The Great Synagogue, Copenhagen
Something is rotten in the state of Denmark.
The World Jewish Congress reported late last week that the Danish Minister of Food and Agriculture, a 38 year old Social Democrat named Dan Jorgensen, had signed a regulation effectively banning the Jewish ritual slaughter of animals for food. Jorgensen explained the ban on Danish television by saying “animal rights come before religion” – or, according to another translation, “animal rights precede religious rights.”
Under the new regulation, all animal slaughter must be carried out after stunning, which is contrary to the Jewish practice of shechita, or ritual slaughter. Denmark’s Jewish community (which numbers a mere 6,000 persons) opposes the minister’s decision. The European Commissioner on Health, Tonio Borg, questioned the legality of the ban, saying that it “contradicts European law.” On the other hand, Jorgensen’s decision was acclaimed by the Animal Welfare Intergroup, of which he had been President.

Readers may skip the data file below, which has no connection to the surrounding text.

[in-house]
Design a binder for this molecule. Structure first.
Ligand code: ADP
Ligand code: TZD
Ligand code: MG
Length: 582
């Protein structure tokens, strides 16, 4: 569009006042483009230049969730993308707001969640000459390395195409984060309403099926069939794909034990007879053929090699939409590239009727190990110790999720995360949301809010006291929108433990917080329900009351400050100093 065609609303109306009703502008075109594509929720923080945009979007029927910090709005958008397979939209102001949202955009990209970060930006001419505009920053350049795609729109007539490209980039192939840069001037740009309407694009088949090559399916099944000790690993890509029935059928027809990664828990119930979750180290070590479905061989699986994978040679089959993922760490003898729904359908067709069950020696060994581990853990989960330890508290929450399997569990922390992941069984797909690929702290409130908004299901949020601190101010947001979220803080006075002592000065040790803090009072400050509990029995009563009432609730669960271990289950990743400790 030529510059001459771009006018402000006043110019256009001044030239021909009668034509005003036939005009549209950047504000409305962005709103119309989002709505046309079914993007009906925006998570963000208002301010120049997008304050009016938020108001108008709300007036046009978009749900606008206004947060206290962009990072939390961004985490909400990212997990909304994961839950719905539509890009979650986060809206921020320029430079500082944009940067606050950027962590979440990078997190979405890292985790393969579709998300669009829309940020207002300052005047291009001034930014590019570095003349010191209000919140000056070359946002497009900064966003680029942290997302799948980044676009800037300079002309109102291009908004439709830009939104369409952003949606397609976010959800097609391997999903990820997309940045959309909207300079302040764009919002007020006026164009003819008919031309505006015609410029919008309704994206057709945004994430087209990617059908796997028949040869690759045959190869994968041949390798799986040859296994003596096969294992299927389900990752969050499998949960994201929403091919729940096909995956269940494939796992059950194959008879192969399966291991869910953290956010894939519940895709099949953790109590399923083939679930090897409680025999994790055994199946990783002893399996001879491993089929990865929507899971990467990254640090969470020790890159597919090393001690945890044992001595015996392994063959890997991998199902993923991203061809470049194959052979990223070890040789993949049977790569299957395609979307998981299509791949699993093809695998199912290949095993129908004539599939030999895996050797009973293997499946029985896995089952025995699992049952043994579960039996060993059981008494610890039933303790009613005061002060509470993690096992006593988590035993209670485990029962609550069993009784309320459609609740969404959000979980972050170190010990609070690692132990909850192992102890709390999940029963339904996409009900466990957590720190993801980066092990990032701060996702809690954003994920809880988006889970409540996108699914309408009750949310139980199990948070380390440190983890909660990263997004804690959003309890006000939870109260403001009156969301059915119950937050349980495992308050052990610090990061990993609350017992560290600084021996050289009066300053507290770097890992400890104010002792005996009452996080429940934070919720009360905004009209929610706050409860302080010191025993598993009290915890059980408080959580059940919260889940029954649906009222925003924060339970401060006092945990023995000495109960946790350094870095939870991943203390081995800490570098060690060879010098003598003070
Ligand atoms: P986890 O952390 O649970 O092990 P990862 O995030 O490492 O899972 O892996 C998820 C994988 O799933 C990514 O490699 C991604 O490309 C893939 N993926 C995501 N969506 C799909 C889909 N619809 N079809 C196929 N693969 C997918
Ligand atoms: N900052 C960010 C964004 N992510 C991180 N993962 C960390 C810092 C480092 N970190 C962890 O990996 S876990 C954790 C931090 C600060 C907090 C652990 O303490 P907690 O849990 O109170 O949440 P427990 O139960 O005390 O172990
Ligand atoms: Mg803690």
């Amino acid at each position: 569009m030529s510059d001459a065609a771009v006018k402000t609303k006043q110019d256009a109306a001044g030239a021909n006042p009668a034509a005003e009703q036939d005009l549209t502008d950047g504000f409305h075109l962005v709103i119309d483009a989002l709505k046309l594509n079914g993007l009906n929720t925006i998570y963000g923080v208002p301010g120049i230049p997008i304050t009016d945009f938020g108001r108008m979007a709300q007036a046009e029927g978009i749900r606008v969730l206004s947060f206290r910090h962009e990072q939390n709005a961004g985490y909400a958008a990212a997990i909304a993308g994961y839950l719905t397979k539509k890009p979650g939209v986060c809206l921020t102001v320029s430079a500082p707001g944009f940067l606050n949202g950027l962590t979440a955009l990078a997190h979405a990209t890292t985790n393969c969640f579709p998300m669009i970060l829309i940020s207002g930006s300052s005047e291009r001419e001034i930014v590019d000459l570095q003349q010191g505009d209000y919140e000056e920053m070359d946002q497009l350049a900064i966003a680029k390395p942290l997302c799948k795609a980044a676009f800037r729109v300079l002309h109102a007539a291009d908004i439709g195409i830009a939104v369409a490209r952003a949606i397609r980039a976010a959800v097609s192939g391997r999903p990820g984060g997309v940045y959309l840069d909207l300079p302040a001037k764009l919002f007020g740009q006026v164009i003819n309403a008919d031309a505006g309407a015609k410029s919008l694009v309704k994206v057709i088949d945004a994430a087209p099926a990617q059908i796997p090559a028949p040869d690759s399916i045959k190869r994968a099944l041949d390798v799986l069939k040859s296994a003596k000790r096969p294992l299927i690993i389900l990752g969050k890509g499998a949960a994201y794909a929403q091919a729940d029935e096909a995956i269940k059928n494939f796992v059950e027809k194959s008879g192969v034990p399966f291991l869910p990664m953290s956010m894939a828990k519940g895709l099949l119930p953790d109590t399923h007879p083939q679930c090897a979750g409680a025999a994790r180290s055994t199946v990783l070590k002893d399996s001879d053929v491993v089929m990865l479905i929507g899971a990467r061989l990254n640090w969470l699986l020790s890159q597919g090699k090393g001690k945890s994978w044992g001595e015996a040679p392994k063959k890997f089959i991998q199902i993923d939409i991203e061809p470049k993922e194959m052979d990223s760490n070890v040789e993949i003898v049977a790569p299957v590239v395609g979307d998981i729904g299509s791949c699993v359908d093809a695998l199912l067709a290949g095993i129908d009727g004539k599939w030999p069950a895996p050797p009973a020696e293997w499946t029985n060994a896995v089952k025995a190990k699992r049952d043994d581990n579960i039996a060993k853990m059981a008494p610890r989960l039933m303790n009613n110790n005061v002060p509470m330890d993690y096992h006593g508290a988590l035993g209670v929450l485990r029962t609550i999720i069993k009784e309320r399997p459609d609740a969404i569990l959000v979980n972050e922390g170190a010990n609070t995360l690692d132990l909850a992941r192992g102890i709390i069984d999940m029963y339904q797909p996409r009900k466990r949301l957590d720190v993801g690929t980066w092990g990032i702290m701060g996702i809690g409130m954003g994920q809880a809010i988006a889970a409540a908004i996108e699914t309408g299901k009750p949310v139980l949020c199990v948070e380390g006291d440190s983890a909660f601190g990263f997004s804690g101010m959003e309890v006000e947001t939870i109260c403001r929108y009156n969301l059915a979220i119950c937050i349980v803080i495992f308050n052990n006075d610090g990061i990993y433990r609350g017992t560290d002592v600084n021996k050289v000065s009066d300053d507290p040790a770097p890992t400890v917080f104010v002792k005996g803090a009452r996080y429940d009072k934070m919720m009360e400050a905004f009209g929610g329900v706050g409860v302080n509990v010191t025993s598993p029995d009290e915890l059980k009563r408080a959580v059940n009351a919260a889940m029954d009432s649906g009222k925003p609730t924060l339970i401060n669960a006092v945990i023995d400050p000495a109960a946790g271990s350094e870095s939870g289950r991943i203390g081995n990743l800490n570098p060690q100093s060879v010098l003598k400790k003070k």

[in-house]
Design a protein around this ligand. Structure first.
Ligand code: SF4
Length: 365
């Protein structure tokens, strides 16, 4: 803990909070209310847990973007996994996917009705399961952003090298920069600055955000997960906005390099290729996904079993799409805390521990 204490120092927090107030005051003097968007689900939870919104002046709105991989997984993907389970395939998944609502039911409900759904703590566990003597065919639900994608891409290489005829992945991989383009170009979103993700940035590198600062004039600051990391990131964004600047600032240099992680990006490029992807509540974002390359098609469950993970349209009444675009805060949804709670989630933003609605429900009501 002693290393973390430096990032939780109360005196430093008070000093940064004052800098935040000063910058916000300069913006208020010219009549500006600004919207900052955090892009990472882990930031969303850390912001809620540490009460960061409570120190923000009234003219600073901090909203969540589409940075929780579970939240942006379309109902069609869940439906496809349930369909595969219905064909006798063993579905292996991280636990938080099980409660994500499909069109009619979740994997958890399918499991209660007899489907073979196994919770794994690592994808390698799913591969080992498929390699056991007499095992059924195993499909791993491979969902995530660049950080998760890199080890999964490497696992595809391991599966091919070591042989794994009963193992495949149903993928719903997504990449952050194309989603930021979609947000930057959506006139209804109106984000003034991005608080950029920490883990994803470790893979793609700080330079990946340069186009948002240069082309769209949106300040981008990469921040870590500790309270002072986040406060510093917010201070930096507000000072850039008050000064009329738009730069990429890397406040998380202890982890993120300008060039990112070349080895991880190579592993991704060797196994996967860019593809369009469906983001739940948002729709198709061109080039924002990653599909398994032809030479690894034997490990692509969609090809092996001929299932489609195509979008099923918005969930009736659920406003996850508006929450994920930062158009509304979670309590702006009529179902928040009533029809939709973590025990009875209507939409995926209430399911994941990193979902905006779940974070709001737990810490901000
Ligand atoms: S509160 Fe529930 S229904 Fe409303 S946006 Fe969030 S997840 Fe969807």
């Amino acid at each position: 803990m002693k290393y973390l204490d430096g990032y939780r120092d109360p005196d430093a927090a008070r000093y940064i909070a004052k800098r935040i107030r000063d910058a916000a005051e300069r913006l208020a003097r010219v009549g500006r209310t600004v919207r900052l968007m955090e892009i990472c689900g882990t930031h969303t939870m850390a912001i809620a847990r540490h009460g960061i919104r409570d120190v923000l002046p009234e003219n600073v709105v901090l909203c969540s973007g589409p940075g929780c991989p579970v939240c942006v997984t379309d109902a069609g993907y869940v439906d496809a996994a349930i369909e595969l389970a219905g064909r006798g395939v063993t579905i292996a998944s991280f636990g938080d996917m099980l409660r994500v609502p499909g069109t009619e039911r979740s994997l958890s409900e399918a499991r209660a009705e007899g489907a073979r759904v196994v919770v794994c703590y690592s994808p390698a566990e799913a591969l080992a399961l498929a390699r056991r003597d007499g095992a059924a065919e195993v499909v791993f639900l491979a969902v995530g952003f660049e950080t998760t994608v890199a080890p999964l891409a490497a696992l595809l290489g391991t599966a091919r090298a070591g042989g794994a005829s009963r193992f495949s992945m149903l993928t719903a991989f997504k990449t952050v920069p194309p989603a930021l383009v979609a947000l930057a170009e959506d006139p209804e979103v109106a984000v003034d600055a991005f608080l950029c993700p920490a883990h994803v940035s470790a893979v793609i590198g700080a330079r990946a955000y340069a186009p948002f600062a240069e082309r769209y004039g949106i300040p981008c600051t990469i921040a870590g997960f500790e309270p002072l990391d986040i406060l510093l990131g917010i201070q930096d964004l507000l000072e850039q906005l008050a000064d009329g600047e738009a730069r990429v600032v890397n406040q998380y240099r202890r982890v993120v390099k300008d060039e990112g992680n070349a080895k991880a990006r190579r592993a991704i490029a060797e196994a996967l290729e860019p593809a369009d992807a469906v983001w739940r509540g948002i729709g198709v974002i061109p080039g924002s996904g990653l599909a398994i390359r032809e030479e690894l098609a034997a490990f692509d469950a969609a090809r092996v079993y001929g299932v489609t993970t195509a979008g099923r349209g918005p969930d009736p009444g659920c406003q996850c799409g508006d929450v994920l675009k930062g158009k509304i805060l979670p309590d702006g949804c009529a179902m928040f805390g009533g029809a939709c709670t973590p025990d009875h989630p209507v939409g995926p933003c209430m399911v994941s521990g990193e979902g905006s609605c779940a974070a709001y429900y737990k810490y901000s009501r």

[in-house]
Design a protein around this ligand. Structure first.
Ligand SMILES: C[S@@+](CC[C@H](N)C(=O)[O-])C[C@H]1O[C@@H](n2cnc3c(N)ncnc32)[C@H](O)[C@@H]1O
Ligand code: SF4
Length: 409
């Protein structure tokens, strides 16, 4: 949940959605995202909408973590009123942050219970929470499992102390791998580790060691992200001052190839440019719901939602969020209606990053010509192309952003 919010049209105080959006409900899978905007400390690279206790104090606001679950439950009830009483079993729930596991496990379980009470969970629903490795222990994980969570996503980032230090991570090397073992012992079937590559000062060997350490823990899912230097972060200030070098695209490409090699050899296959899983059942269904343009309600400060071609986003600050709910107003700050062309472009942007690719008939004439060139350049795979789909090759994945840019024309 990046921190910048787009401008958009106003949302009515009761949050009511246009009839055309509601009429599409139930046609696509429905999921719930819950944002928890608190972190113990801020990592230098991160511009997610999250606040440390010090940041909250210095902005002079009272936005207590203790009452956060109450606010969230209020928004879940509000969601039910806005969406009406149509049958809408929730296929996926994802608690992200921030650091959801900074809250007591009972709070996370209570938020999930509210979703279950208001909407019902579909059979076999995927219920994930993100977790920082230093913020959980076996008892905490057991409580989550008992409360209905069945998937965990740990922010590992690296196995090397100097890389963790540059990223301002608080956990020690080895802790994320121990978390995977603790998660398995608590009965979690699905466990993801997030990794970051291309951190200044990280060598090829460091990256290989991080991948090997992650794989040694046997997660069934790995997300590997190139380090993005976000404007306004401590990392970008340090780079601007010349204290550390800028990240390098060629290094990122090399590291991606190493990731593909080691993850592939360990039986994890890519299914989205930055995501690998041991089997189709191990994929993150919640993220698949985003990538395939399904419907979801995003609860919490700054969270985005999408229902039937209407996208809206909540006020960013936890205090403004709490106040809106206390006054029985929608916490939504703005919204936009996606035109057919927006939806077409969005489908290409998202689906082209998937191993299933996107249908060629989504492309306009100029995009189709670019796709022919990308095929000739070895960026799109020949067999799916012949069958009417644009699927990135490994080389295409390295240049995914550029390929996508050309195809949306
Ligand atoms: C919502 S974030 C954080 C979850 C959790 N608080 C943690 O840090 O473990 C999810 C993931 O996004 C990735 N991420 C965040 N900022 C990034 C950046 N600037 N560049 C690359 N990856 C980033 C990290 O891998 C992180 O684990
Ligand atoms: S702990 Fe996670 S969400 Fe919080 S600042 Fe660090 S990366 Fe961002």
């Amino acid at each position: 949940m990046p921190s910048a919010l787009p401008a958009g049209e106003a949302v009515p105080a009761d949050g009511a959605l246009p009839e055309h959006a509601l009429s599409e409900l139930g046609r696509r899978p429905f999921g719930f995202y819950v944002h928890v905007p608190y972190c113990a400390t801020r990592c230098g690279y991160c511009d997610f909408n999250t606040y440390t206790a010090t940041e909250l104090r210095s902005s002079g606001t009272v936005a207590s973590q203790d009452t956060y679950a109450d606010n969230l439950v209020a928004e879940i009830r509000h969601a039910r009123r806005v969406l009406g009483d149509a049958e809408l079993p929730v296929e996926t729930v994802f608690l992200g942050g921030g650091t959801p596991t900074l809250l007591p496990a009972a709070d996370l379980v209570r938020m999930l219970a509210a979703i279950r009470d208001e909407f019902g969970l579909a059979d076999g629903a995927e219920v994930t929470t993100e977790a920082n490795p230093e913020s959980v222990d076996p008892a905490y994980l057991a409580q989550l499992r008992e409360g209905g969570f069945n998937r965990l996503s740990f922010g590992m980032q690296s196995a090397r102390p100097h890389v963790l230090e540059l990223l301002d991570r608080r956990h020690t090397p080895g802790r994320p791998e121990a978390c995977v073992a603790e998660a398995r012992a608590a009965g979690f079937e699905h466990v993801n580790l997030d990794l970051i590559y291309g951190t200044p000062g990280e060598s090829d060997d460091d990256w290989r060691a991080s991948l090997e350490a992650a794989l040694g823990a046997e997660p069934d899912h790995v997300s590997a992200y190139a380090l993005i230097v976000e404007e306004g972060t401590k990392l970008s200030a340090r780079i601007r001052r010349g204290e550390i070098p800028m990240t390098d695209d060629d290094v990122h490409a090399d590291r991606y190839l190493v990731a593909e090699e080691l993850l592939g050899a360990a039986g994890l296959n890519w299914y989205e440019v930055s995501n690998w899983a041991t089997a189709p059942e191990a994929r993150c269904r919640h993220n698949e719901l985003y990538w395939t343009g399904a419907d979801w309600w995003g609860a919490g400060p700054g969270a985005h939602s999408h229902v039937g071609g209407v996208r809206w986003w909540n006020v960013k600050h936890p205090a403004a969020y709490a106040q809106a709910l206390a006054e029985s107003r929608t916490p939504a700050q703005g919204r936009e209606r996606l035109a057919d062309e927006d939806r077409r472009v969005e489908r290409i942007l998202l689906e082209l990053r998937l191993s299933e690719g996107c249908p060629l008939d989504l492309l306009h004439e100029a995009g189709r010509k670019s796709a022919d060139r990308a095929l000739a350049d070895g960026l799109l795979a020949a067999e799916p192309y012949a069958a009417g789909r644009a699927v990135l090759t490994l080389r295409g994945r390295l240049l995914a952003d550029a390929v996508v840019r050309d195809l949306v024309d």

If the Danish government and parliament let the decision stand, Denmark will join several other western European nations, including Norway, Sweden, Iceland, Poland and Switzerland in prohibiting such ritual slaughter. (Holland had attempted to ban shechita, but a Continue reading
Posted in CLR Forum Guest, Robert J. Delahunty
Tagged Comparative Law and Religion, Religion in Europe, Islam, Secularism, Circumcision, Religious Liberty, Judaism, Religious Freedom, Kosher laws, Halal laws
Very interesting story here (h/t Faithworld):
France’s prime minister urged Muslims and Jews to consider scrapping their halal and kosher slaughter laws on Monday as President Nicolas Sarkozy and his allies stepped up their efforts to woo far-right voters….
“Religions should think about keeping traditions that don’t have much in common with today’s state of science, technology and health problems,” Fillon told Europe 1 radio….
The “ancestral traditions” of ritual slaughter were justified for hygienic reasons in the past but were now outdated, he said. “We live in a modern society.”
I appreciate the persistent irritation that the Prime Minister must feel. These are frustrating times for the agents of progress on both right and left — and, it seems, nationally and abroad. It’s difficult to get folks to realize that modern society and contemporary science, technology, and medicine have simply eclipsed and obviated their ancient moralities and traditions. But if we can’t persuade them, I suppose coercive law stands ready to help.